The impact and continuing evolution of the FCPA

Lanny Breuer and former federal prosecutors discuss the recent uptick in the act's enforcement

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In 1977, President Carter signed the Foreign Corrupt Practices Act (FCPA) into law to outlaw the bribery of foreign government officials by the private sector. And then ... nothing happened. Not for a while, anyway. The government brought cases here and there, but the statute effectively lay dormant for years. After three-and-a-half decades and several expansions, that of course has changed.

In the past decade, the government’s enforcement of the FCPA has ballooned. The regime is substantial and aggressive enough that now U.S. companies doing any sort of business overseas—and even foreign companies with ties to U.S. securities markets and foreign government officials themselves—are well aware of the risks they face if a company executive or employee is found to have bribed a foreign official. And as the U.S. government has fought corruption, it has raised awareness of the FCPA in other countries, many of which have enacted and now enforce their own anti-bribery laws and have signed on to the Organisation for Economic Co-operation and Development’s (OECD) Anti-Bribery Convention to indicate their commitment to implementing and enforcing anti-bribery laws and regulations.

“Our partners around the world are doing so much more than ever before, and I like to think it’s because of the leadership the U.S. has shown, but … if regulators and prosecutors get involved in complementary regulatory regimes in different countries, it is in fact going to be even more affirming for each of the respective countries—they’ll help one another,” says Lanny Breuer, who stepped down as head of the Department of Justice’s (DOJ) Criminal Division on March 1 and rejoined his former law firm, Covington & Burling. (At press time the division’s next assistant attorney general had not yet been appointed.) Eight of the 10 largest FCPA penalties in history were doled out on Breuer’s watch. Although some critics may grumble that his division’s approach to FCPA enforcement was either too lenient or overbroad, the uptick during his tenure in enforcement and awareness of anti-bribery provisions in the U.S. and abroad is undeniable. 

Breuer’s not just patting himself on the back on the U.S. leadership front: An October 2011 article by Sarah Kaczmarek and Abraham Newman in the journal “International Organization” asserted a strong statistical connection between U.S. prosecutors employing the extraterritorial reach of the FCPA to other countries and those countries going on to implement and enforce their own national policies. Last year, the general counsel of Siemens AG—the German company that paid $800 million, still the record, to settle FCPA charges in 2008—told the New York Times that the case “woke up a lot of people in Europe.”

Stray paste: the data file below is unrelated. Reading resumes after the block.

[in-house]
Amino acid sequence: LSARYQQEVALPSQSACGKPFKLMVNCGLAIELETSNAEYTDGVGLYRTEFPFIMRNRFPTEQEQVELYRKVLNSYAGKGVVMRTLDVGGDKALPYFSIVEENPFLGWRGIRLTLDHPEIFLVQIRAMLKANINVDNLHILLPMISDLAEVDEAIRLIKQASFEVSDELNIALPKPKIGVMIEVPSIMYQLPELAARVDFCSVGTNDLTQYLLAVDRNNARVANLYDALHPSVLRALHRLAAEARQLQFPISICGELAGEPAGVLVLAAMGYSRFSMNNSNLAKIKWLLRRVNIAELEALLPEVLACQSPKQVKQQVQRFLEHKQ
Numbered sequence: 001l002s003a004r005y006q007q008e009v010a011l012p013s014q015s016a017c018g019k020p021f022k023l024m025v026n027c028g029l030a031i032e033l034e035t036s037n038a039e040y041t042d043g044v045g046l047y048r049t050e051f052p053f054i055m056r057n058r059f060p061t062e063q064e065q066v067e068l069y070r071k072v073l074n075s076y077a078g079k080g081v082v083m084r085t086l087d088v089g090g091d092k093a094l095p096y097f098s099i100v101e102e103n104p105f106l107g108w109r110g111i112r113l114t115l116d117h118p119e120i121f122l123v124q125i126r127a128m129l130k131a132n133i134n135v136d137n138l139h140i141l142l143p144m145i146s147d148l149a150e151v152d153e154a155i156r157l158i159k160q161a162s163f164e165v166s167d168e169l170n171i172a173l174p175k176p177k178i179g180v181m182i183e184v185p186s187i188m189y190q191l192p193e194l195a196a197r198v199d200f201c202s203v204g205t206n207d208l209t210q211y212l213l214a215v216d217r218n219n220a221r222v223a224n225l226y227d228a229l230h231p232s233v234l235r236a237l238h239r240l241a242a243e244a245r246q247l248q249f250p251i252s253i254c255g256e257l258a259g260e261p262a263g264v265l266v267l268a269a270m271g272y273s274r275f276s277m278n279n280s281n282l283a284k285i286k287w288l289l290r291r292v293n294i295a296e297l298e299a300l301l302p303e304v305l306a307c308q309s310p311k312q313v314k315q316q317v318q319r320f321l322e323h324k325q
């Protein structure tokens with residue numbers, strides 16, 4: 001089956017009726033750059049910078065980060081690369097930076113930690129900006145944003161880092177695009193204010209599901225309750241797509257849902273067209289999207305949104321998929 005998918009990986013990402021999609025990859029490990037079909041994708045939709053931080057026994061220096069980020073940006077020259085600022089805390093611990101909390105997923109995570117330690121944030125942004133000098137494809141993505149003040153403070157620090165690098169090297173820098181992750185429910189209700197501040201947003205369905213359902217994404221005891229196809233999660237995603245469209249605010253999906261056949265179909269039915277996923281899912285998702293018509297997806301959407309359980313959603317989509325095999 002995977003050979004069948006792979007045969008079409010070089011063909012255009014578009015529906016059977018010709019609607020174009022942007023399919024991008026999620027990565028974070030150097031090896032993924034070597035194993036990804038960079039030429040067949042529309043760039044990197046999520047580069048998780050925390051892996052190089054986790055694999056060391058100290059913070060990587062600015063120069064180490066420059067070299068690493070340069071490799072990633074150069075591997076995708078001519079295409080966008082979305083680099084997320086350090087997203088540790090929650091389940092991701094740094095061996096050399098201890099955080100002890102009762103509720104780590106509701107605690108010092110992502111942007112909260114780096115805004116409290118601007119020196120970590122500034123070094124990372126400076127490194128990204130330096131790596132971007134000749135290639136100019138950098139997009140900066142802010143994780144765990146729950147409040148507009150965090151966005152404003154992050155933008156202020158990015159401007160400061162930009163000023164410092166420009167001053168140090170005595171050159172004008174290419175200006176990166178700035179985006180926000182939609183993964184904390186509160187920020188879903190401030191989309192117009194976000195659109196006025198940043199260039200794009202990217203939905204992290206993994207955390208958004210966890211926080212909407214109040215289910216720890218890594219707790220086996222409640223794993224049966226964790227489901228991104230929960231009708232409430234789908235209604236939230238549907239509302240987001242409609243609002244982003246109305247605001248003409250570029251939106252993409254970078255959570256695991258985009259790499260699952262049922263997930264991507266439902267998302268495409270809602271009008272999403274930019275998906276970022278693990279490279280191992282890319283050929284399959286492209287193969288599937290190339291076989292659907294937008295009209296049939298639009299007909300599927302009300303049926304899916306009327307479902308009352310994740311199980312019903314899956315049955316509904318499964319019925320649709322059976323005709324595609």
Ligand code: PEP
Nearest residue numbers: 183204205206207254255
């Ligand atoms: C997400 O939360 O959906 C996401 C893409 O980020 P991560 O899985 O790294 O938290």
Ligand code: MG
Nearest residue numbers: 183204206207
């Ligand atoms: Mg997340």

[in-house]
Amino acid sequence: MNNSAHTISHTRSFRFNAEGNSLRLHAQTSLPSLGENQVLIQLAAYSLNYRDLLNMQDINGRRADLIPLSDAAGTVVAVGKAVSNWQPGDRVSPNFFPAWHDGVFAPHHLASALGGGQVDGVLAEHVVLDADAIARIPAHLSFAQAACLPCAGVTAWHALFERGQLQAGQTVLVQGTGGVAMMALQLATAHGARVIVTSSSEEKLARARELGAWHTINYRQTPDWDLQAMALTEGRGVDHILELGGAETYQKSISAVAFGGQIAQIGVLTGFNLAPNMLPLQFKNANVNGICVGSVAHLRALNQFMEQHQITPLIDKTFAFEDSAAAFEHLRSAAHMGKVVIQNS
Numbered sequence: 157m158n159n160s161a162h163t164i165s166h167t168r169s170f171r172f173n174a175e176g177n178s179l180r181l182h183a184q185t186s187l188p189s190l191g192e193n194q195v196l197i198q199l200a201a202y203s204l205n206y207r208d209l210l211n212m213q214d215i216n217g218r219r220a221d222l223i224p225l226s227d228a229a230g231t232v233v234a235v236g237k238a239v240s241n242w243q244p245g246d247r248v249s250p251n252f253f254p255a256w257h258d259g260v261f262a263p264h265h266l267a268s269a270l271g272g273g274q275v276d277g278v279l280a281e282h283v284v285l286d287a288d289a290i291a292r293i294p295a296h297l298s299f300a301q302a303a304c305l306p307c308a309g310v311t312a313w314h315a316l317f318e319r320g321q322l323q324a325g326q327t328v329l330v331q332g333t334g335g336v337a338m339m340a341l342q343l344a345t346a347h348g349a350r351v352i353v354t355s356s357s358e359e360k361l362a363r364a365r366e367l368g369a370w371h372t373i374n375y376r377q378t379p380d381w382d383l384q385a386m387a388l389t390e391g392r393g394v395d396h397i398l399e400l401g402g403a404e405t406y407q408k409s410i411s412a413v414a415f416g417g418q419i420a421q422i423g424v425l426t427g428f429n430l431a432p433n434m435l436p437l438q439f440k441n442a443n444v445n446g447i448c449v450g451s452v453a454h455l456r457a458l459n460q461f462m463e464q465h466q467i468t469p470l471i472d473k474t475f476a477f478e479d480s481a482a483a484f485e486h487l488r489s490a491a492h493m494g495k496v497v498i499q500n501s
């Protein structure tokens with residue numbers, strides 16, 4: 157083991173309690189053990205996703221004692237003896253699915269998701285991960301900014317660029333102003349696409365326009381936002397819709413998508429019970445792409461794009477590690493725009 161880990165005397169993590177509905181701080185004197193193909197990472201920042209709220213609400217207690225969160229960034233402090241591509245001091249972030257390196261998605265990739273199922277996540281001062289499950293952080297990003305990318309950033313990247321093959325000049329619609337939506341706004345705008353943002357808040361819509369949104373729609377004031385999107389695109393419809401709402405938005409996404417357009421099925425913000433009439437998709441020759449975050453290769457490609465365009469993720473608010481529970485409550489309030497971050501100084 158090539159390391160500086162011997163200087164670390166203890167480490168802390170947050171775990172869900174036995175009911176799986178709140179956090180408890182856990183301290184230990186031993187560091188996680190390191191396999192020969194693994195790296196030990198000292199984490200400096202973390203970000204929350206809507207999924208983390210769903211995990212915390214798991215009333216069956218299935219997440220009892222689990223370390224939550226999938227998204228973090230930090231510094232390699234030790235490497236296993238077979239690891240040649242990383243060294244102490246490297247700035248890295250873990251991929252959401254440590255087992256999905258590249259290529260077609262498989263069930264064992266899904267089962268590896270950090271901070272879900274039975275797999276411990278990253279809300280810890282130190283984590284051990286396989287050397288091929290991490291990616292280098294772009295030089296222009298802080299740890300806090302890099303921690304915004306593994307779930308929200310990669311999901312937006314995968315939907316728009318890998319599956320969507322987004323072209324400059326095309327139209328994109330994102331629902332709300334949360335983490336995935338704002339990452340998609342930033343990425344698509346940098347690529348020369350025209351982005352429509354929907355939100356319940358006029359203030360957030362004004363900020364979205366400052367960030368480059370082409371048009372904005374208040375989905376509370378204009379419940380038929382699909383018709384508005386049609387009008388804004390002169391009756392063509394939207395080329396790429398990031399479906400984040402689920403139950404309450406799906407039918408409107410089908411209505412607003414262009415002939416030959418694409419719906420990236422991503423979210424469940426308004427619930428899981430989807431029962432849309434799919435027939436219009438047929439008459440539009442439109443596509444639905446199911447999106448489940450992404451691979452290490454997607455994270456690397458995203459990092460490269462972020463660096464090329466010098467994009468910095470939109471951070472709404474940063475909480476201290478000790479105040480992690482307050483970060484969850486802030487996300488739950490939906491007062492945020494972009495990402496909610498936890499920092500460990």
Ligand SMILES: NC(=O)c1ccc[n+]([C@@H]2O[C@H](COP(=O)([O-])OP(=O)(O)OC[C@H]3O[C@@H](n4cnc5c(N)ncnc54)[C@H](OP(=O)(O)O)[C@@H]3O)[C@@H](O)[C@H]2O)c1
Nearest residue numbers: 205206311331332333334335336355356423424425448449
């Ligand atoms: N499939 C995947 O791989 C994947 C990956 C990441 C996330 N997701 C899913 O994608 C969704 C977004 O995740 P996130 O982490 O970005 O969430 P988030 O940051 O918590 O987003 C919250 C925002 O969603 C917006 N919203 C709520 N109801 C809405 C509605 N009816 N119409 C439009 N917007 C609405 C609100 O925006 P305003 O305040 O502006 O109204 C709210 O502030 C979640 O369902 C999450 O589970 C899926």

A Helpful Handbook

Along with his division’s contributions to raising awareness, Breuer is most proud of the November 2012 joint DOJ-Securities and Exchange Commission (SEC) FCPA guidance document, written with input from the State and Commerce Departments.

“I’m very proud of it. We dedicated a year to providing the guidance,” he says. “I don’t think the department has ever taken on that kind of an obligation before.”

The guidance is a 130-page compendium of the government’s take on applying the FCPA and handling its enforcement. It offers advice on a broad number of FCPA-related topics: What’s a foreign official? What kind of gifts and entertainment expenses are considered proper? How does successor liability work in the M&A context?

The guidance includes some insight into the government’s view of what constitutes a robust compliance program for purposes of government credit. As numerous government officials have stated, the government’s goal is to create a “culture of compliance” amongst companies, not just to encourage a written program. 

Without naming the company, the guidance cites the example of Morgan Stanley & Co. Inc. Former Morgan Stanley Managing Director Garth Peterson was charged with FCPA violations, but after an investigation, the government declined to prosecute the company because of its “robust compliance program and good faith enforcement of it.” The compliance program included extensive FCPA training, and extensive due diligence on transactions and parties with which it carried them out. Morgan Stanley also cooperated with the investigation and, notably, self-reported the violation once it was discovered.

“Many people are wondering how they can obtain the benefit of a compliance program,” says William Sullivan, former assistant U.S. attorney for the District of Columbia. Sullivan now is partner at Pillsbury Winthrop Shaw Pittman. “[There’s the] understanding that while it doesn’t operate as an affirmative defense, a good compliance program is certainly a mitigator. … The issue is, can you really only get the benefit of a robust compliance defense through a voluntary disclosure?” 

The debate is part of an ongoing discussion in the legal and business communities about how companies can best evaluate their options when it comes to deferred prosecution agreements (DPAs) and nonprosecution agreements (NPAs), deals in which authorities give companies credit for self-reporting, cooperation in investigations and self-remediation.

Self-Reporting and the SEC